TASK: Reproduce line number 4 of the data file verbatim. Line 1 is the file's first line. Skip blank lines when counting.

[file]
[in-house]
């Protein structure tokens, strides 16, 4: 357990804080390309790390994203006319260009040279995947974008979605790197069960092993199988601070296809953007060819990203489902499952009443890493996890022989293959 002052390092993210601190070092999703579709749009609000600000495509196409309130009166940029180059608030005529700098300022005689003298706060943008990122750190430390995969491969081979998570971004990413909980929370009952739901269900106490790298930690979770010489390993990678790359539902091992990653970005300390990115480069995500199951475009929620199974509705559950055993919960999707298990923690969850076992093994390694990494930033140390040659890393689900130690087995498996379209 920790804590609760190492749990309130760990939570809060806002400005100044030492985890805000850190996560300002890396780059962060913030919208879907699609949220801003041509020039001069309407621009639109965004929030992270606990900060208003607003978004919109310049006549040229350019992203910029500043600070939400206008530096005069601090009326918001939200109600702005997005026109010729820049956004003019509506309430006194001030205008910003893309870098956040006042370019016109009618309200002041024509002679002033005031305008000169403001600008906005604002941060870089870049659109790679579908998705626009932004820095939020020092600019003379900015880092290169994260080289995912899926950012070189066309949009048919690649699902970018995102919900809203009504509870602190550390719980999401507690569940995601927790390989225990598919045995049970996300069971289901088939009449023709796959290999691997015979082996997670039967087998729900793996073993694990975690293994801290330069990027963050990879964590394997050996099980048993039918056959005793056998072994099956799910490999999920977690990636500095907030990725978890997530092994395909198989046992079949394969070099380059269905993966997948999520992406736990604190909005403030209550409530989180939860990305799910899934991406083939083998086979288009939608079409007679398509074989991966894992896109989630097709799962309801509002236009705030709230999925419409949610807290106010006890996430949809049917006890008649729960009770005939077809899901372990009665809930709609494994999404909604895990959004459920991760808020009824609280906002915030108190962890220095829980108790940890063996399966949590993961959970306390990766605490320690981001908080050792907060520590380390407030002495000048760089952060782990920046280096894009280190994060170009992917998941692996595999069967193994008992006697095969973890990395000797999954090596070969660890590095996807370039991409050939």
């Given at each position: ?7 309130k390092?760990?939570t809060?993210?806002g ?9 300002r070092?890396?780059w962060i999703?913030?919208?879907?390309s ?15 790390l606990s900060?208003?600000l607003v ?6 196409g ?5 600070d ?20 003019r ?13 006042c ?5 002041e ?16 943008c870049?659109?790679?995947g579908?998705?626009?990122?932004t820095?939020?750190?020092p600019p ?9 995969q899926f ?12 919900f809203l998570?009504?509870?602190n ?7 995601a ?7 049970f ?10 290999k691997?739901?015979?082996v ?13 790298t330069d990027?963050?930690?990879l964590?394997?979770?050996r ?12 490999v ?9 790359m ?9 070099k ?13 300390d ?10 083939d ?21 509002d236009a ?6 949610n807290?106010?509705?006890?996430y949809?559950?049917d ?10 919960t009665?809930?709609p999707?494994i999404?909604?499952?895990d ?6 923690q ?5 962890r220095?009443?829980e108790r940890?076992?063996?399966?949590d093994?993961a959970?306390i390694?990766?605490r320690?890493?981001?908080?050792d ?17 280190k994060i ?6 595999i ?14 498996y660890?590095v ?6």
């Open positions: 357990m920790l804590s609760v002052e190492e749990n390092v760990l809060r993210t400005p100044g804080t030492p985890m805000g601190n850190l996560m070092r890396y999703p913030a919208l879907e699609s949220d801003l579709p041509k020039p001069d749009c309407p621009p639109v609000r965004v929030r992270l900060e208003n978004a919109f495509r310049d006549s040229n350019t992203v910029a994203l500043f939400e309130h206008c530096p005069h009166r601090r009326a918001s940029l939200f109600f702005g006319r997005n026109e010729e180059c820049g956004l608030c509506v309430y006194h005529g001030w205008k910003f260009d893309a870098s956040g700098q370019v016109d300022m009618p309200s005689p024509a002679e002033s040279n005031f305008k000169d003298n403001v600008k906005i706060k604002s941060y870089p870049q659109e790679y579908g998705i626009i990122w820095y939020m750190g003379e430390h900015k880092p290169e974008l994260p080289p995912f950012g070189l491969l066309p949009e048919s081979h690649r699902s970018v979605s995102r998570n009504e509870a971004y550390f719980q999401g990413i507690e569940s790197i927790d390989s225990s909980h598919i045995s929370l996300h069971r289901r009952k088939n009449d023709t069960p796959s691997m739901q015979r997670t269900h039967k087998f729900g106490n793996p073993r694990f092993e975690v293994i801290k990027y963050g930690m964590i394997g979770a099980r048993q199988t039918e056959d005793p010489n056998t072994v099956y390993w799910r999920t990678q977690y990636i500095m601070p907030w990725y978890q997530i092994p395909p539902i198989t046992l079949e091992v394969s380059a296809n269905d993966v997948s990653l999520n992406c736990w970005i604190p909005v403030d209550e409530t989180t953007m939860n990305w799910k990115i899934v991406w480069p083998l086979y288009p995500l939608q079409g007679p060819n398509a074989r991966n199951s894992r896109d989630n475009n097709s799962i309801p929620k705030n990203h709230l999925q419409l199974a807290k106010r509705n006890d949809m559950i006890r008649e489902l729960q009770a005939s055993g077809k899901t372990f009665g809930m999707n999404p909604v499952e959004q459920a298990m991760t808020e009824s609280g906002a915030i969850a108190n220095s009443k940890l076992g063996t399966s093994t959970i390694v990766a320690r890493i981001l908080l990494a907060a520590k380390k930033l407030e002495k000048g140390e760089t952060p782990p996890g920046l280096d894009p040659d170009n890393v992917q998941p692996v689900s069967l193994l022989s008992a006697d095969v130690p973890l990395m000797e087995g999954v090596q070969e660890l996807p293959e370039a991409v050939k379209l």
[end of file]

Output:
């Open positions: 357990m920790l804590s609760v002052e190492e749990n390092v760990l809060r993210t400005p100044g804080t030492p985890m805000g601190n850190l996560m070092r890396y999703p913030a919208l879907e699609s949220d801003l579709p041509k020039p001069d749009c309407p621009p639109v609000r965004v929030r992270l900060e208003n978004a919109f495509r310049d006549s040229n350019t992203v910029a994203l500043f939400e309130h206008c530096p005069h009166r601090r009326a918001s940029l939200f109600f702005g006319r997005n026109e010729e180059c820049g956004l608030c509506v309430y006194h005529g001030w205008k910003f260009d893309a870098s956040g700098q370019v016109d300022m009618p309200s005689p024509a002679e002033s040279n005031f305008k000169d003298n403001v600008k906005i706060k604002s941060y870089p870049q659109e790679y579908g998705i626009i990122w820095y939020m750190g003379e430390h900015k880092p290169e974008l994260p080289p995912f950012g070189l491969l066309p949009e048919s081979h690649r699902s970018v979605s995102r998570n009504e509870a971004y550390f719980q999401g990413i507690e569940s790197i927790d390989s225990s909980h598919i045995s929370l996300h069971r289901r009952k088939n009449d023709t069960p796959s691997m739901q015979r997670t269900h039967k087998f729900g106490n793996p073993r694990f092993e975690v293994i801290k990027y963050g930690m964590i394997g979770a099980r048993q199988t039918e056959d005793p010489n056998t072994v099956y390993w799910r999920t990678q977690y990636i500095m601070p907030w990725y978890q997530i092994p395909p539902i198989t046992l079949e091992v394969s380059a296809n269905d993966v997948s990653l999520n992406c736990w970005i604190p909005v403030d209550e409530t989180t953007m939860n990305w799910k990115i899934v991406w480069p083998l086979y288009p995500l939608q079409g007679p060819n398509a074989r991966n199951s894992r896109d989630n475009n097709s799962i309801p929620k705030n990203h709230l999925q419409l199974a807290k106010r509705n006890d949809m559950i006890r008649e489902l729960q009770a005939s055993g077809k899901t372990f009665g809930m999707n999404p909604v499952e959004q459920a298990m991760t808020e009824s609280g906002a915030i969850a108190n220095s009443k940890l076992g063996t399966s093994t959970i390694v990766a320690r890493i981001l908080l990494a907060a520590k380390k930033l407030e002495k000048g140390e760089t952060p782990p996890g920046l280096d894009p040659d170009n890393v992917q998941p692996v689900s069967l193994l022989s008992a006697d095969v130690p973890l990395m000797e087995g999954v090596q070969e660890l996807p293959e370039a991409v050939k379209l």